Sir Rabinder Singh, "What is a 'democratic society'?"

Lecturer: The Right Honourable Lord Justice Singh (Court of Appeal of England and Wales)
Commentator: The Honourable Jacques Chamberland, Court of Appeal for Québec
Date and place: 6 September 2018, Faculty of Law, Université de Montréal


Both the Canadian Charter of Fundamental Rights and Freedoms and the European Convention on Human Rights refer to a “democratic society”. The jurisprudence of the European Court of Human Rights has stressed that the hallmarks of a democratic society are pluralism, tolerance and broad-mindedness. In particular, this means that human rights law protects the views of minorities and individuals which may be unpopular, perhaps even give offence to the majority in society. The sort of democratic society which is envisaged by a human rights charter is not one which can be based simply on the notion of majority rule but rather is one which is based on the three fundamentals of liberty, equality and fraternity, the last of those perhaps now better expressed as community. A democratic society is not only one in which the people elect their government.  It is also one in which everyone enjoys fundamental human rights on an equal basis and in which those rights are enforceable by independent courts.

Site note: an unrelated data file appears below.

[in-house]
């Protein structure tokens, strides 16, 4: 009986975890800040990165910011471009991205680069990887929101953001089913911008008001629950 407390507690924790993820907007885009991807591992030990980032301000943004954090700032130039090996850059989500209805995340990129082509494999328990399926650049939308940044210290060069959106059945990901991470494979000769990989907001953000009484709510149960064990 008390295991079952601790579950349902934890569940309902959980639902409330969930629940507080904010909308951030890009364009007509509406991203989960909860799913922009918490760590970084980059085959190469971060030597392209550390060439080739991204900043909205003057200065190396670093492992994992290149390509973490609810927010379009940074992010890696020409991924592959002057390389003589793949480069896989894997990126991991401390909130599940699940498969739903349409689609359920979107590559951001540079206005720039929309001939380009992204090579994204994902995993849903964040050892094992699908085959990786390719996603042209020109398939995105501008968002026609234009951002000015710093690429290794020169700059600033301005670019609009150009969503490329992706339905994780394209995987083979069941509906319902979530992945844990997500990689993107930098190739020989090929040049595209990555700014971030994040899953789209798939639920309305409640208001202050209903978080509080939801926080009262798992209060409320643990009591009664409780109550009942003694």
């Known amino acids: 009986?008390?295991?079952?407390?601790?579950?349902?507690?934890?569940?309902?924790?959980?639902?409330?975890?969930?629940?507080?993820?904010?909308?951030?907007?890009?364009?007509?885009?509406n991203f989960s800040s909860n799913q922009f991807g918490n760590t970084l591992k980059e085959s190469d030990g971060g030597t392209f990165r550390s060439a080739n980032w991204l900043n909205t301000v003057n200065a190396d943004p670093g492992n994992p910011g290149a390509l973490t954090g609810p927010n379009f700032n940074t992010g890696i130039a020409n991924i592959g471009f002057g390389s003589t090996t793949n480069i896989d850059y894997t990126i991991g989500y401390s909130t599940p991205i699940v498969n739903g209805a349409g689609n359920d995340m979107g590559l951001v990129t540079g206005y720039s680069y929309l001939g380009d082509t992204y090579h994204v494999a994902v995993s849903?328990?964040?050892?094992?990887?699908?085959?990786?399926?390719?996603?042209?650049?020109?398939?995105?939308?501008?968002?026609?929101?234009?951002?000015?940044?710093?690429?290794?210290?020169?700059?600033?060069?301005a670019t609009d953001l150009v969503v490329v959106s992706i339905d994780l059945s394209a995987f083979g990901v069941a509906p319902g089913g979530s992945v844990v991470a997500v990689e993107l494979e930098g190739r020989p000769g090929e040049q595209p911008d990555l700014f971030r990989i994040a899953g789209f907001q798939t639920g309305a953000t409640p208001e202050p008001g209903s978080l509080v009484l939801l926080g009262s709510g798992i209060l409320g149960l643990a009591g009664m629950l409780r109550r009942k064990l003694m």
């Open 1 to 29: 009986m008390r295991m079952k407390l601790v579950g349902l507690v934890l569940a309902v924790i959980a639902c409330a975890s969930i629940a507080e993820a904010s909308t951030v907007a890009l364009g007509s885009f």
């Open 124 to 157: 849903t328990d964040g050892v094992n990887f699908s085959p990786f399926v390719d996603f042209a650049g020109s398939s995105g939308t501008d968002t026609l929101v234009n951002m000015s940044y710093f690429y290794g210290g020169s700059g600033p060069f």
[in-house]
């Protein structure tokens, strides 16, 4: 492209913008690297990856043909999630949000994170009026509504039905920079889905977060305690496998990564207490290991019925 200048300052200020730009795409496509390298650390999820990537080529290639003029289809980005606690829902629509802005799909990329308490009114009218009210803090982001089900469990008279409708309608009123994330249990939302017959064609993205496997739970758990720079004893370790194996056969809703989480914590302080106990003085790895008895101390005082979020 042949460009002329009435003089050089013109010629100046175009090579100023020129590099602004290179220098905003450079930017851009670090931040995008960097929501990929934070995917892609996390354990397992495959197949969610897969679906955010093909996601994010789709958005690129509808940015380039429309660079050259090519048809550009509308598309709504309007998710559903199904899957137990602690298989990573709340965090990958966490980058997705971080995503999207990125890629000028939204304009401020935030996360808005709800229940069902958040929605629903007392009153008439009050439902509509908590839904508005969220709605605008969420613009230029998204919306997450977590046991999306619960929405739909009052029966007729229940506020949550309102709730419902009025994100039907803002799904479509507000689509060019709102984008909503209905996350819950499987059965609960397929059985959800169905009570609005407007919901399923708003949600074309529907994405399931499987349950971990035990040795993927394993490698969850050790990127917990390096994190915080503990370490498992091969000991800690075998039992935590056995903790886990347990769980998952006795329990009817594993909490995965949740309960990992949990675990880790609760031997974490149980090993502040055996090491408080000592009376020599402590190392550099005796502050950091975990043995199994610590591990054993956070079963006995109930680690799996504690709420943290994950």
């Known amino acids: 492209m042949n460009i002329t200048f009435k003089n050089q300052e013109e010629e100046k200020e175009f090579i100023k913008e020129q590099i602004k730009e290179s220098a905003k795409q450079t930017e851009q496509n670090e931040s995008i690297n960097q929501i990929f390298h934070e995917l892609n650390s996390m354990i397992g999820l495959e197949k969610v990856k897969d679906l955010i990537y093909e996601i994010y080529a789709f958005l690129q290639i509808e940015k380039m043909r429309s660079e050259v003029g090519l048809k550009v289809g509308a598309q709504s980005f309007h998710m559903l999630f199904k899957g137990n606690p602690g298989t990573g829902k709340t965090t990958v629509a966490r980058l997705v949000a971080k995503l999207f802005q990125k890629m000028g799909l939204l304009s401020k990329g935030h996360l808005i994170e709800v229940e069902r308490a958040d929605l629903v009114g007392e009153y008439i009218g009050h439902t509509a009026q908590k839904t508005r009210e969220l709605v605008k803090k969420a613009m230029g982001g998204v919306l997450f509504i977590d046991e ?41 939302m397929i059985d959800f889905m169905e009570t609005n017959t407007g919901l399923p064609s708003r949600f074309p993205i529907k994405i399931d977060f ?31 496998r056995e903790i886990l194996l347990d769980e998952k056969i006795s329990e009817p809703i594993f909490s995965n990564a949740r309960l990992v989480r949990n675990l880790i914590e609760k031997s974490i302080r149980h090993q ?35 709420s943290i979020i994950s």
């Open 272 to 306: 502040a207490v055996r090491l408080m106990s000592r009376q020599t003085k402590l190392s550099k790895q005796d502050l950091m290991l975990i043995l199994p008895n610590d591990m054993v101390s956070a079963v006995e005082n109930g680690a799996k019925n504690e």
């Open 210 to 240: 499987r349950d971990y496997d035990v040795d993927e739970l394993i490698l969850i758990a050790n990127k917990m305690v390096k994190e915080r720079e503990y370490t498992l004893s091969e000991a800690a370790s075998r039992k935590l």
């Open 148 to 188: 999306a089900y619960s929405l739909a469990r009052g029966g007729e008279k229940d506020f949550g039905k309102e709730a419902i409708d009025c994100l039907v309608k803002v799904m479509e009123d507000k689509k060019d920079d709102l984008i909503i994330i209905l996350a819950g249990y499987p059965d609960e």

Published Version of the Lecture (Thémis)  


This content has been updated on June 12th, 2021 at 15 h 27 min.